In this series of articles, we will explain the properties of the various materials that are used by 3D printers along with how to use them to get the best results. If you are not familiar with 3D printers or would like to know more, check out our article on how 3D printers work.
PLA is one of the two most commons thermoplastics use in FDM 3d printing. PLA stands for Polylactic Acid and, as the name shows, it is made out of lactic acid. This is manufactured by transforming dextrose, a naturally occuring sugar that is extracted from sugar rich plants such as corn, sugarcane or beets. This allows this bio-plastic to be the most ecologically friendly material for 3D printers; it is produced from renewable materials and biodegrades in industrial or hot compost piles. Its creation also emits about 68% less greenhouse gases than that of petroleum based plastics. Since PLA is sugar based the emanations produced by melting it are non-toxic and have a pleasant sweet smell.
Because of its properties and the fact that, inside the human body, PLA degrades into harmless lactic acid over a period of 6 months to 2 years, PLA is often used to make medical implants. It is also used to make biodegradable food containers.
On the mechanical level, PLA is rigid and has a very low level of flexibility this, it can break if exposed to strong forces.
PLA in 3D printing
The PLA for use in 3D printers is generally sold in spools of 1kg. It is available in a variety of colours and can be bought at most if not all 3D printing material suppliers. Although this plastic starts softening around 60°C and melting at about 160°C, the required extrusion temperature is usually between 180 and 220°C. Your supplier should provide you with a more precise temperature range. Our PLA filament for example, must be extruded between 190 and 220°C. This thermoplastic is the least heat resistant material used in 3D printing, as such, it is not recommended for use in parts that will be close to heat sources such as hotend holders.
Printing surface for PLA
This bio-plastic is very dimensionnally stable, this means that it does not warp or shrink when it’s cooling. This eliminates the need for a heated print bed. The most commonly used bed material is glass covered with blue painter’s tape. The painter’s tape is there to add some friction and allow the melted plastic to stick to it instead of sliding across the glass. It is very important to apply the tape as flat as possible in order to avoid deformatins in the printed piece. Regular masking tap can also be used, but it has proven to be less suited for the job than blue painter’s tape.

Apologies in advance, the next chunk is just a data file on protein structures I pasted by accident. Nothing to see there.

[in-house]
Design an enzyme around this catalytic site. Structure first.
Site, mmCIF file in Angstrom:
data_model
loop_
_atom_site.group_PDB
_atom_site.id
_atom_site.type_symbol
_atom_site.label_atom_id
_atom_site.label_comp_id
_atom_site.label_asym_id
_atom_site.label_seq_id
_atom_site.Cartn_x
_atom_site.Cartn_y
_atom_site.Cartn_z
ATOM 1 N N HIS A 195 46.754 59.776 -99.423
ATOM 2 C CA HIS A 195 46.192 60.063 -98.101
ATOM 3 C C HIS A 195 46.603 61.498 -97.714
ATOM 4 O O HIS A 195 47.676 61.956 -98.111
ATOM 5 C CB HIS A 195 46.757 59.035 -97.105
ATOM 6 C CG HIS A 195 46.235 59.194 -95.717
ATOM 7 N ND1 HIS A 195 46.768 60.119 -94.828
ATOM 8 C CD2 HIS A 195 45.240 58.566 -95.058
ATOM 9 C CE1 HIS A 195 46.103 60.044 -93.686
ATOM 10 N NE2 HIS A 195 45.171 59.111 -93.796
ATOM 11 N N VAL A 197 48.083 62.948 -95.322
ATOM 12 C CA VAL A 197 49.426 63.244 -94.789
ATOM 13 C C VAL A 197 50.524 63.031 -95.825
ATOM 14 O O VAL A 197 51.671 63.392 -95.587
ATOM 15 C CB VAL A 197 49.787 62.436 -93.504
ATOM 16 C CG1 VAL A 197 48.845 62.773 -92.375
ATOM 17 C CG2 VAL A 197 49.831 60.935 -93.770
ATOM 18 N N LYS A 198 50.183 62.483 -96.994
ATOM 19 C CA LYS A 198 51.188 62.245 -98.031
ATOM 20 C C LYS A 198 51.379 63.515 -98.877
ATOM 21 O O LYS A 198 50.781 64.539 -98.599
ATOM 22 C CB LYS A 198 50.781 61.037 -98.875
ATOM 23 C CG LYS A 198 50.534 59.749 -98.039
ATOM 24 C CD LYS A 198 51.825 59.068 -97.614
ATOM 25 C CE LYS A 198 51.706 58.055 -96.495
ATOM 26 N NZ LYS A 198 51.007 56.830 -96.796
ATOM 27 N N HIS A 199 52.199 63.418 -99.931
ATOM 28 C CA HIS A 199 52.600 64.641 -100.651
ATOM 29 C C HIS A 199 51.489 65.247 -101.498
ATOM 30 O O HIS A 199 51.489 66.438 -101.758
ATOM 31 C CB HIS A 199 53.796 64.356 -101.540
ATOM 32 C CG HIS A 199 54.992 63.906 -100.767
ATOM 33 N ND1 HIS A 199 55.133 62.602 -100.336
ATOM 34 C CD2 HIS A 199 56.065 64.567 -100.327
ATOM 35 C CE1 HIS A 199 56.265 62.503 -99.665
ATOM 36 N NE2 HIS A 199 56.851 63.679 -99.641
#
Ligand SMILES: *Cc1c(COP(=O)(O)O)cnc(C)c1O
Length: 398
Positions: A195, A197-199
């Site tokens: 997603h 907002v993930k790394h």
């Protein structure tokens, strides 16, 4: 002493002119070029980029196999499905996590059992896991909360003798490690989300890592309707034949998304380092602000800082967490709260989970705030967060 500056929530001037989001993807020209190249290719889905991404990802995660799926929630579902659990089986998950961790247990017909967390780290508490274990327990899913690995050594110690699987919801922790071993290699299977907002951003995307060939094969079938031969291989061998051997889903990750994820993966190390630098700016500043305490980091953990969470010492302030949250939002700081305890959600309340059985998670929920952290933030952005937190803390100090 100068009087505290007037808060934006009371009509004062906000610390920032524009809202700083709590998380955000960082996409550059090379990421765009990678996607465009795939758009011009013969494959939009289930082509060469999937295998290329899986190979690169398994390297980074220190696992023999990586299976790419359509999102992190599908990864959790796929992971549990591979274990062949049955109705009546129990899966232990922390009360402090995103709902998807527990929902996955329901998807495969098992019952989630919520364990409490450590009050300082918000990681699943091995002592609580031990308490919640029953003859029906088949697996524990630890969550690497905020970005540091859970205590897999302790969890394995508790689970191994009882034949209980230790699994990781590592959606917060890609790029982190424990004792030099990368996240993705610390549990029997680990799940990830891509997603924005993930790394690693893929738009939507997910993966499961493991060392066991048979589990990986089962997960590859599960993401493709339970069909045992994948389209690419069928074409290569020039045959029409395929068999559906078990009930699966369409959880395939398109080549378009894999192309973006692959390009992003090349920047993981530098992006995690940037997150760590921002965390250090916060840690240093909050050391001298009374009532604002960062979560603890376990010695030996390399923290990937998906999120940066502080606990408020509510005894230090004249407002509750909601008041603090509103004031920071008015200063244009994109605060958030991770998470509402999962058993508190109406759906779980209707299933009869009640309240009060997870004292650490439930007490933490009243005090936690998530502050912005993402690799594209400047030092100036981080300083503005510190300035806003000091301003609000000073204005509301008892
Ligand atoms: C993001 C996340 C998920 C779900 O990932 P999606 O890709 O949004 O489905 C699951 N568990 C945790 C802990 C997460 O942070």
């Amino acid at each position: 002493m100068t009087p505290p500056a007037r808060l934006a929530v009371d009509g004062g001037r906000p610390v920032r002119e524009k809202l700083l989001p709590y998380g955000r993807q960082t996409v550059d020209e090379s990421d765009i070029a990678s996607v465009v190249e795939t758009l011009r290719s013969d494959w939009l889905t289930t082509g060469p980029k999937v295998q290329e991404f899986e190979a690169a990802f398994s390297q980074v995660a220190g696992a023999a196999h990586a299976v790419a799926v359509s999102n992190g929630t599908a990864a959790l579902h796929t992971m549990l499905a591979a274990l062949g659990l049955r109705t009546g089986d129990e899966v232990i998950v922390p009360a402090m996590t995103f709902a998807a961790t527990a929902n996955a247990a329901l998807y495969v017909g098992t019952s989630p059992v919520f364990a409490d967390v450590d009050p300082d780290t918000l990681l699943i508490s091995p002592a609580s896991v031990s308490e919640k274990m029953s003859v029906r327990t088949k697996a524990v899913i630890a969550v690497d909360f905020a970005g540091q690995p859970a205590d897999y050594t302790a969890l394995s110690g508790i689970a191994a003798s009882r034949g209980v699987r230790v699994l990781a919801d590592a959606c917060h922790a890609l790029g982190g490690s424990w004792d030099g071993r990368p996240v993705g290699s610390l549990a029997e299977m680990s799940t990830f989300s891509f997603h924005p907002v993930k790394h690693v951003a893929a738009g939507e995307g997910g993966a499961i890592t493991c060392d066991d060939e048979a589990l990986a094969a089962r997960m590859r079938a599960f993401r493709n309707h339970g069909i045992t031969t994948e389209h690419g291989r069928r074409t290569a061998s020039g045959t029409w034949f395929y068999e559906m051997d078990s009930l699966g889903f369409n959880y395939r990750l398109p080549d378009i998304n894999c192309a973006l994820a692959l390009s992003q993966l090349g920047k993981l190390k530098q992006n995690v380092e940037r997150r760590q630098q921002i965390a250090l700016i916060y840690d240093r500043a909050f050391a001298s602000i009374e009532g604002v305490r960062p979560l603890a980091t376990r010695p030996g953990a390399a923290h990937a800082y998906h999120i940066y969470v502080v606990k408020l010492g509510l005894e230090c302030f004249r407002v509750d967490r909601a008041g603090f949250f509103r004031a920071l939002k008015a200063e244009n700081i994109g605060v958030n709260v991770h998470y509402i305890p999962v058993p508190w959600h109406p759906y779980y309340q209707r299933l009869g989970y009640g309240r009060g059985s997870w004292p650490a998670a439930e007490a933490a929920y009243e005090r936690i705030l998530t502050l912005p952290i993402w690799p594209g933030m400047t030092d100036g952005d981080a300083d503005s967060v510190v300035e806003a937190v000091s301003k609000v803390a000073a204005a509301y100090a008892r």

It is also possible to print directly on the glass plate, but this can cause problems with the first layer not sticking properly. This can be attenuated by heating the glass bed to 60 or 70°C.
A Polycarbonate (Lexan) sheet lighlty coated with oil can also be used as the print bed. It can be difficult to remove the printed part if there wasn’t enough oil or if the hotend was too close to the surface. As such, polycarbonate is a possible alternative, but it has no significant advantage over blue painter’s tape that outweigh the risk of your printed piece sticking to the sheet.
Other less common methods have been tested by the RepRap community; you can see the results here.
PLA is hygroscopic, it tends to absorb or release humidity in order to be in balance with its surroundings. Leaving it in a humid room can cause problems. A filament containing too much moisture can produce bubbles and water vapor when it is extruding, this reduces precision and quality in the finished part. To avoid this kind of problem, it is recommended to store PLA in a sealed container with rice, silica gel or another moisture absorbing material if you linve in a humid climate. This method can also be used to dry filament over a long period of time. Faster drying can be acheived by butting the filament on a piece of aluminium foil in the oven at the lowest possible temperature (never go over 80°C-176°F, but you can go as low as 40°C-104°F to be safe and make sure the PLA doesn’t stick to itself). After about an hour, your filament should be sufficiently dry. It may have stuck to itself an little, but carefully flexing it should solve this. It is important to remove the PLA filament from the spool before putting it in the oven; the spool is not made out of heat-resistant plastic and could melt in the oven, thus ruining your material.
Be carfeul when storing PLA plastic at low temperature. It is already quite rigid and it loses even more flexibility when cold. To avoid breaking your nice long spool, it is recommended to store it at room temperature or to let it slowly heat up if it has been exposed to the cold.
Remember, you can now buy your PLA on our online store.